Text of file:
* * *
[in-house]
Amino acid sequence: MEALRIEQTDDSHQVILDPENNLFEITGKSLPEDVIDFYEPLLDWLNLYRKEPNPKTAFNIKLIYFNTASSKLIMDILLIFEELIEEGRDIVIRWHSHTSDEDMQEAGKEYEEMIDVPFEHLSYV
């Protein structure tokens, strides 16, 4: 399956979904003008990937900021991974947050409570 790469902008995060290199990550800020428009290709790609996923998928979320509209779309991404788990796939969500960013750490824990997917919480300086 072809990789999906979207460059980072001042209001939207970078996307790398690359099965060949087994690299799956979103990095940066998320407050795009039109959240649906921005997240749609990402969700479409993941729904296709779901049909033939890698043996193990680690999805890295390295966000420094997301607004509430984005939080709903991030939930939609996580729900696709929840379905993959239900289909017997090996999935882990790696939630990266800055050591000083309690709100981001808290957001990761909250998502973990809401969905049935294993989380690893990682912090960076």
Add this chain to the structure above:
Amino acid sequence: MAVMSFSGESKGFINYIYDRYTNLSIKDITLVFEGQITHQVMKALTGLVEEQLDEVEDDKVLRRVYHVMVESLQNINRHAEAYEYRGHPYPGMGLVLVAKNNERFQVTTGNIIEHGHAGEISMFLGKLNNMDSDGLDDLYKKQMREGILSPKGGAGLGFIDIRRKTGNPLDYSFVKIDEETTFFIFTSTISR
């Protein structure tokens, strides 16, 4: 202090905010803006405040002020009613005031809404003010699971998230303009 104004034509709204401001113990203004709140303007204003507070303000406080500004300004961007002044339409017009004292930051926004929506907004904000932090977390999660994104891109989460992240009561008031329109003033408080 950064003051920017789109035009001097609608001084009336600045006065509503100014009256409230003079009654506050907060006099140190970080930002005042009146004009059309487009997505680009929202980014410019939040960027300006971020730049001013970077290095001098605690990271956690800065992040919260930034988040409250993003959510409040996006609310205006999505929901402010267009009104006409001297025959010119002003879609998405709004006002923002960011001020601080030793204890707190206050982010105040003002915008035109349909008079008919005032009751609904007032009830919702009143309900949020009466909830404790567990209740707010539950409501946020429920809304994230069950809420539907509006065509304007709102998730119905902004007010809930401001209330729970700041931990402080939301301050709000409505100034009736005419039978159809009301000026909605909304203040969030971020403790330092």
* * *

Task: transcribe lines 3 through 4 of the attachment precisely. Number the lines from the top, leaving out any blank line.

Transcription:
């Protein structure tokens, strides 16, 4: 399956979904003008990937900021991974947050409570 790469902008995060290199990550800020428009290709790609996923998928979320509209779309991404788990796939969500960013750490824990997917919480300086 072809990789999906979207460059980072001042209001939207970078996307790398690359099965060949087994690299799956979103990095940066998320407050795009039109959240649906921005997240749609990402969700479409993941729904296709779901049909033939890698043996193990680690999805890295390295966000420094997301607004509430984005939080709903991030939930939609996580729900696709929840379905993959239900289909017997090996999935882990790696939630990266800055050591000083309690709100981001808290957001990761909250998502973990809401969905049935294993989380690893990682912090960076």
Add this chain to the structure above: